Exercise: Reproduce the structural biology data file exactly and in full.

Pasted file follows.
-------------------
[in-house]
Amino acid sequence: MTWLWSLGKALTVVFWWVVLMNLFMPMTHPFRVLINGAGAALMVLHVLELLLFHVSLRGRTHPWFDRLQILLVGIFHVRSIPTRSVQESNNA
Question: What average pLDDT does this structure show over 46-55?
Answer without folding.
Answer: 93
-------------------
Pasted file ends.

[in-house]
Amino acid sequence: MTWLWSLGKALTVVFWWVVLMNLFMPMTHPFRVLINGAGAALMVLHVLELLLFHVSLRGRTHPWFDRLQILLVGIFHVRSIPTRSVQESNNA
Question: What average pLDDT does this structure show over 46-55?
Answer without folding.
Answer: 93